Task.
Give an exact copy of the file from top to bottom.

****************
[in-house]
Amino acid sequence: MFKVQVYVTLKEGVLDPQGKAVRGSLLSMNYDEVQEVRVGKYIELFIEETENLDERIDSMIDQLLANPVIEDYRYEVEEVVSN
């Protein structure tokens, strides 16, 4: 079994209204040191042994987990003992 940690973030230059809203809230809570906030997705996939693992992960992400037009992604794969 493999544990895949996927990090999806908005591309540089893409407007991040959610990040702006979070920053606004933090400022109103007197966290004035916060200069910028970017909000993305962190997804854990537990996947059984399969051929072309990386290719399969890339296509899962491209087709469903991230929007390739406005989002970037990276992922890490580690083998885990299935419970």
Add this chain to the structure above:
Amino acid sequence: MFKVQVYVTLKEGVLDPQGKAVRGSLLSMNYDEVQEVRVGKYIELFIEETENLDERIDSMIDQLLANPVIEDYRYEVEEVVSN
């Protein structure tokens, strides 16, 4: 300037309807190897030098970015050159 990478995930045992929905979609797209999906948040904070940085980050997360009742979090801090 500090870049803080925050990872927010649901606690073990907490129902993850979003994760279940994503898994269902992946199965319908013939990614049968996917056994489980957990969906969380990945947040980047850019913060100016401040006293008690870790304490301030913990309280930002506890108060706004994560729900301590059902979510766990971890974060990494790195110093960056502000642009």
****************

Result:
[in-house]
Amino acid sequence: MFKVQVYVTLKEGVLDPQGKAVRGSLLSMNYDEVQEVRVGKYIELFIEETENLDERIDSMIDQLLANPVIEDYRYEVEEVVSN
């Protein structure tokens, strides 16, 4: 079994209204040191042994987990003992 940690973030230059809203809230809570906030997705996939693992992960992400037009992604794969 493999544990895949996927990090999806908005591309540089893409407007991040959610990040702006979070920053606004933090400022109103007197966290004035916060200069910028970017909000993305962190997804854990537990996947059984399969051929072309990386290719399969890339296509899962491209087709469903991230929007390739406005989002970037990276992922890490580690083998885990299935419970």
Add this chain to the structure above:
Amino acid sequence: MFKVQVYVTLKEGVLDPQGKAVRGSLLSMNYDEVQEVRVGKYIELFIEETENLDERIDSMIDQLLANPVIEDYRYEVEEVVSN
């Protein structure tokens, strides 16, 4: 300037309807190897030098970015050159 990478995930045992929905979609797209999906948040904070940085980050997360009742979090801090 500090870049803080925050990872927010649901606690073990907490129902993850979003994760279940994503898994269902992946199965319908013939990614049968996917056994489980957990969906969380990945947040980047850019913060100016401040006293008690870790304490301030913990309280930002506890108060706004994560729900301590059902979510766990971890974060990494790195110093960056502000642009």